• Cut The Crap

Eco-Friendly Guide To Enjoying The Outdoors


This year has already seen a huge increase of people getting outside and enjoying the beautiful earth, and the warming weather will only keep the number of humans exploring nature growing. In order to conserve and protect our beautiful parks, trails, and campgrounds we must do all we can to minimize the disturbance that we cause to the wildlife and plants that are living in the area.


This article is a compilation of tips and general practices to get you started and thinking about how you can be more eco-concious and respectful during your next outdoor adventure. I am starting off the article by just listing the Leave No Trace principles, which I try and share with everyone I can because it is a great guideline to live by in general and in nature!


The Seven Principles of Leave No Trace provide an easily understood framework of minimum impact practices for anyone visiting the outdoors.


Leave No Trace principles:


• Plan Ahead and Prepare

• Travel and Camp on Durable Surfaces

• Dispose of Waste Properly

• Leave What You Find

• Minimize Campfire Impacts

• Respect Wildlife

• Be Considerate of Other Visitors


© 1999 by the Leave No Trace Center for Outdoor Ethics (www.LNT.org)


General Tips:


-Double check your campsite before you leave for any trash, left behind belongings, and your campfire.


-When going to the bathroom outdoors, you need to dig a cat hole and cover it well with soil. Check out the specific regulations of your destination. Some places have unique rules, so make sure you are prepared to bag your feces and/or toilet paper in a bag.


-Soap is very harmful to waterways, even if the packaging says that it is biodegradable. One good idea is to take some water into a pot and walk away from the primary water source to wash yourself. Be sure to pour the grey water away in an arch, so it spreads over a larger area.


-Remember to pack out biodegradable items like apple cores and orange peels. It can take them a long time to decompose and attracts wildlife. On the same note, don’t feed wildlife including birds and squirrels. It’s bad for their health and can make them forget how to find food on their own.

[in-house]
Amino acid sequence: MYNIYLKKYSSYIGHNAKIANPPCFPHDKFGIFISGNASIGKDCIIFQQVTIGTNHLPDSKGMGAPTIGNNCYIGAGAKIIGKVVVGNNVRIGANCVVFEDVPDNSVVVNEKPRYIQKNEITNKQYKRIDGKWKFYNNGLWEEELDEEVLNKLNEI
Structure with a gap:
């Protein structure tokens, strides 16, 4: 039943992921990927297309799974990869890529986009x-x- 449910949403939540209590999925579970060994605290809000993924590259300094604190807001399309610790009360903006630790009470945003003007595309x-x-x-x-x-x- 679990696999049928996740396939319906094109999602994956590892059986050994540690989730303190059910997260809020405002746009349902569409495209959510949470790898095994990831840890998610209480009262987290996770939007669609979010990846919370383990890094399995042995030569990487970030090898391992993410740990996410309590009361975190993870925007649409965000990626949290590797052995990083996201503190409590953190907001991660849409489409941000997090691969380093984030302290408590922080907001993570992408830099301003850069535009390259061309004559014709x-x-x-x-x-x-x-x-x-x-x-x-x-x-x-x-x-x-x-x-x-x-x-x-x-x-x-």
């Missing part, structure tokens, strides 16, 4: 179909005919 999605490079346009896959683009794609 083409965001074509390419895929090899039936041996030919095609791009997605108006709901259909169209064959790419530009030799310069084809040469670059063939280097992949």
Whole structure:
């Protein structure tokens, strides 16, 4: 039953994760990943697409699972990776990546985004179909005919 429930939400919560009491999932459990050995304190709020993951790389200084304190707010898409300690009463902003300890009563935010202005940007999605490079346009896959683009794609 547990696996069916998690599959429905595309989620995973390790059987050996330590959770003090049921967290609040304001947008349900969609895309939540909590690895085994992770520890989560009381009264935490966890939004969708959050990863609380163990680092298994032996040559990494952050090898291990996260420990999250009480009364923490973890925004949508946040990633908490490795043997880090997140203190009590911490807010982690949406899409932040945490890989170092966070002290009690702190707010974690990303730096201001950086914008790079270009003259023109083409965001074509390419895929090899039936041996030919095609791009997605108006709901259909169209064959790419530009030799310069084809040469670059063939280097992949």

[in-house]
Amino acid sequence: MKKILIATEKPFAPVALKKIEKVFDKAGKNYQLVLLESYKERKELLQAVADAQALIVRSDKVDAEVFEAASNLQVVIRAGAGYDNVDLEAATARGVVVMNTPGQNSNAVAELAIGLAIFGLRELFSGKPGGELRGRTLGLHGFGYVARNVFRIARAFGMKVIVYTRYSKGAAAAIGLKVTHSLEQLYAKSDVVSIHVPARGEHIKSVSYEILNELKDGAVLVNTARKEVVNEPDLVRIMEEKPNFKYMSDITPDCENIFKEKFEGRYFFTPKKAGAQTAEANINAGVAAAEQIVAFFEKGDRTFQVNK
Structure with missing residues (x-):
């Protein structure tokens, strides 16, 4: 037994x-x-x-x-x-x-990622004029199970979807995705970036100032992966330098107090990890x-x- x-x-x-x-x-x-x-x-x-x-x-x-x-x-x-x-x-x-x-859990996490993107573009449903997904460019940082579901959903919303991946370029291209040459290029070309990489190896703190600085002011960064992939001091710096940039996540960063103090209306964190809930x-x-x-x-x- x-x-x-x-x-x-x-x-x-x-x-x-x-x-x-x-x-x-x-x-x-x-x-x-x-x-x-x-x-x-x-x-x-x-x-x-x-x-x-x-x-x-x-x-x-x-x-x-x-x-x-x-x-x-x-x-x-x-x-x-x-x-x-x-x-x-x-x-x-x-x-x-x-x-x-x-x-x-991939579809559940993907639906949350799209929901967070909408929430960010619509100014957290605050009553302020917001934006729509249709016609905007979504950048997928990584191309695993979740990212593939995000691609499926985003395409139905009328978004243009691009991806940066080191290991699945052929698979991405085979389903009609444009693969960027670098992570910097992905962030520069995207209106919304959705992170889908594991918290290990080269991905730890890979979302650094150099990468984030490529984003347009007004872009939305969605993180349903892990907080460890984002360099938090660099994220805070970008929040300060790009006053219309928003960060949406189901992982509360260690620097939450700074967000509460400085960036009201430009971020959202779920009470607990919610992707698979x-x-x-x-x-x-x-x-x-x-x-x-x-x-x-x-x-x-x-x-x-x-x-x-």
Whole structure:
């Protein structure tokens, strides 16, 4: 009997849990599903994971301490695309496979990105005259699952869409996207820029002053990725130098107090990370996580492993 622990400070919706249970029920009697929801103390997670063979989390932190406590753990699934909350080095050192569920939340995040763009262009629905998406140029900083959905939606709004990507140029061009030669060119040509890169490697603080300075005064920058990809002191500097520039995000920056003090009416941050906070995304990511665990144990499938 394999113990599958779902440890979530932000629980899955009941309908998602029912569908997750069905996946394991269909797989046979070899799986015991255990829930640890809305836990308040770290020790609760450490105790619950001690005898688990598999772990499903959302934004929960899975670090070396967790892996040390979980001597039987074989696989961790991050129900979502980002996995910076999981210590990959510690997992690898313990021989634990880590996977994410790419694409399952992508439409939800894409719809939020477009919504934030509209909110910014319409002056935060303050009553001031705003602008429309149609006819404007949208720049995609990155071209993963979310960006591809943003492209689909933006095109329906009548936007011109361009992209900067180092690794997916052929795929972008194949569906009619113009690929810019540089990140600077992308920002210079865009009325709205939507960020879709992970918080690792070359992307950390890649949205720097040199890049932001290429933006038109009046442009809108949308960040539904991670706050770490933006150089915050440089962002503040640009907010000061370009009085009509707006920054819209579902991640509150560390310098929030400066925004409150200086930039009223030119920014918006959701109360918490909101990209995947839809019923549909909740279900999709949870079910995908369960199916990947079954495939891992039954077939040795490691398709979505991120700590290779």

-Repair old or broken gear instead of throwing it out. There are easy tutorials online that can teach you how to maintain or repair pretty much any kind of hiking gear whether it be fixing a hole in your tent, re-waterproofing items, or more.


-If you hike a busy trail, be vigilant at staying on the marked trail. Busy trails lead to lots of impacts on nature by scaring away wildlife, destroying the fragile vegetation on the side of trails, and increasing trail erosion when people step off of the trails to bypass or join crowds.


-Stay culturally aware and respectful. Do a bit of research about the indigenous context of the places you visit to ensure you are being respectful. The interactive website Native-land.ca is a great place to start to learn the traditional territories of indigenous people locally and all over the world.


-Don’t take flowers, plants, rocks, earth or sand with you. Remember the mantra “leave nothing but footprints, take nothing but memories”.


-Always make sure that you bring some of these essentials: A small first-aid kit, A headlamp, A survival kit or a paracord bracelet and a multitool, An emergency blanket


Campfire Safety:


-Campfires are not always safe, responsible, or allowed. If you’re at a camp site, it’s often not allowed, but they might have a barbecue area where you can grill food.

Make sure you check the rules for campfires where you are and for the season. It can go extremely wrong if you lite up a campfire in dry season and there is a reason for the restrictions.


-Make sure you read the rules on bringing your own wood into a park/campsite. Many places only allow you to use wood they provide. This is to minimize the amount of harmful and invasive bug infestations that get carried in to the sites.


-Never leave your fire unattended, even if it is just embers. To verify it’s out, dump water on it and stir it with a shovel or a stick. If the earth is cold to the touch, it’s safe to leave.


-Opt for skipping using a campfire all together and instead utilize a campfire stove or something like a City Bonfire that is compact and holds a lot of heat power.


Eco-Friendly Gear:


-Our article on affordable solar gadgets has many unique items you can bring on your next hiking or camping trip, including: solar powered chargers, lanterns, and more!


-Try and thrift some hiking poles or ski poles instead of opting for the trendy (but notably easy to break) collapsible poles!


-Check out Darn Tough Socks, which have an unconditional lifetime guarantee. They are 100% wool, durable, and comfortable!


-You can build an alcohol stove out of a beer can with only a safety pin and pocket knife (video tutorial here!)


-Use ice blocks instead of buying bags of ice


-Eco friendly bug repellents:


-Bring stainless steel cutlery and dining set instead of plastic/paper disposable ones


-Opt for an electric lighter instead of single-use ones!


-Osprey bags has an “All Mighty Guarantee”. This means that they will repair any damaged or defective bag, or replace it if it can’t be repaired. This both makes the bag last longer, as well as creates a continuous loop of repairing, reusing, and recycling!


-If there are water sources, but you’re not sure if the water is safe to drink, then pack a water filter and a water bottle!




I hope that this article inspires you to do a little bit of planning before your next outdoor adventure to ensure that you not only are safe and have fun, but also are being a respectful steward of the Earth. Thank you for working with us to Cut The Crap!



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